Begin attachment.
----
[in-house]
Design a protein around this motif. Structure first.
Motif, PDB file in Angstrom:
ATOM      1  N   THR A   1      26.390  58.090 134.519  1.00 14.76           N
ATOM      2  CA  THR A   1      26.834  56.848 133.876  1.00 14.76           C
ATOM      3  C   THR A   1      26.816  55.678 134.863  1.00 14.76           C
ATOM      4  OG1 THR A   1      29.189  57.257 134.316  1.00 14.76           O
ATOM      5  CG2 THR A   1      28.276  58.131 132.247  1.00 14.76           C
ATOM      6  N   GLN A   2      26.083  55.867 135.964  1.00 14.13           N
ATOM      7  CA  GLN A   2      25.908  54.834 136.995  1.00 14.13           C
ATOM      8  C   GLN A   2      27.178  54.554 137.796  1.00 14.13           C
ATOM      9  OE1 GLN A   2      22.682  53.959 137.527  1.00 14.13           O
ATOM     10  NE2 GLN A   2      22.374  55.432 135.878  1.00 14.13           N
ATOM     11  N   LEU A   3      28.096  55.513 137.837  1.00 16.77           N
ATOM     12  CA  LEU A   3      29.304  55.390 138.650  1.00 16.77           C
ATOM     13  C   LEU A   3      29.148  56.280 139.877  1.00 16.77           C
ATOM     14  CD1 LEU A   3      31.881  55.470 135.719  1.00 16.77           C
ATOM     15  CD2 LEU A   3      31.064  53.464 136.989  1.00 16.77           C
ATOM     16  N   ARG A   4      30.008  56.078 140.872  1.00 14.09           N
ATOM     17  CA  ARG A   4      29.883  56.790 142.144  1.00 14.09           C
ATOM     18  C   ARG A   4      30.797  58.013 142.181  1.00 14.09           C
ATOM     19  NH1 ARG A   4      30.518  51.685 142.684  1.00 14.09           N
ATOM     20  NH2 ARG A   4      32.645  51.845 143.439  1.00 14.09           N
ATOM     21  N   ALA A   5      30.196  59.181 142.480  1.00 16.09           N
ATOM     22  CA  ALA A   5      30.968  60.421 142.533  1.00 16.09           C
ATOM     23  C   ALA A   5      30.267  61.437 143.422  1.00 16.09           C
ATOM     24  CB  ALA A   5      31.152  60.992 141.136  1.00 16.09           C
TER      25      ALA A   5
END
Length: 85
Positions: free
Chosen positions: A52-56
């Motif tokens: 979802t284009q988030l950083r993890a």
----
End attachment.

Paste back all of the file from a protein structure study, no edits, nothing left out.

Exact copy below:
[in-house]
Design a protein around this motif. Structure first.
Motif, PDB file in Angstrom:
ATOM      1  N   THR A   1      26.390  58.090 134.519  1.00 14.76           N
ATOM      2  CA  THR A   1      26.834  56.848 133.876  1.00 14.76           C
ATOM      3  C   THR A   1      26.816  55.678 134.863  1.00 14.76           C
ATOM      4  OG1 THR A   1      29.189  57.257 134.316  1.00 14.76           O
ATOM      5  CG2 THR A   1      28.276  58.131 132.247  1.00 14.76           C
ATOM      6  N   GLN A   2      26.083  55.867 135.964  1.00 14.13           N
ATOM      7  CA  GLN A   2      25.908  54.834 136.995  1.00 14.13           C
ATOM      8  C   GLN A   2      27.178  54.554 137.796  1.00 14.13           C
ATOM      9  OE1 GLN A   2      22.682  53.959 137.527  1.00 14.13           O
ATOM     10  NE2 GLN A   2      22.374  55.432 135.878  1.00 14.13           N
ATOM     11  N   LEU A   3      28.096  55.513 137.837  1.00 16.77           N
ATOM     12  CA  LEU A   3      29.304  55.390 138.650  1.00 16.77           C
ATOM     13  C   LEU A   3      29.148  56.280 139.877  1.00 16.77           C
ATOM     14  CD1 LEU A   3      31.881  55.470 135.719  1.00 16.77           C
ATOM     15  CD2 LEU A   3      31.064  53.464 136.989  1.00 16.77           C
ATOM     16  N   ARG A   4      30.008  56.078 140.872  1.00 14.09           N
ATOM     17  CA  ARG A   4      29.883  56.790 142.144  1.00 14.09           C
ATOM     18  C   ARG A   4      30.797  58.013 142.181  1.00 14.09           C
ATOM     19  NH1 ARG A   4      30.518  51.685 142.684  1.00 14.09           N
ATOM     20  NH2 ARG A   4      32.645  51.845 143.439  1.00 14.09           N
ATOM     21  N   ALA A   5      30.196  59.181 142.480  1.00 16.09           N
ATOM     22  CA  ALA A   5      30.968  60.421 142.533  1.00 16.09           C
ATOM     23  C   ALA A   5      30.267  61.437 143.422  1.00 16.09           C
ATOM     24  CB  ALA A   5      31.152  60.992 141.136  1.00 16.09           C
TER      25      ALA A   5
END
Length: 85
Positions: free
Chosen positions: A52-56
């Motif tokens: 979802t284009q988030l950083r993890a």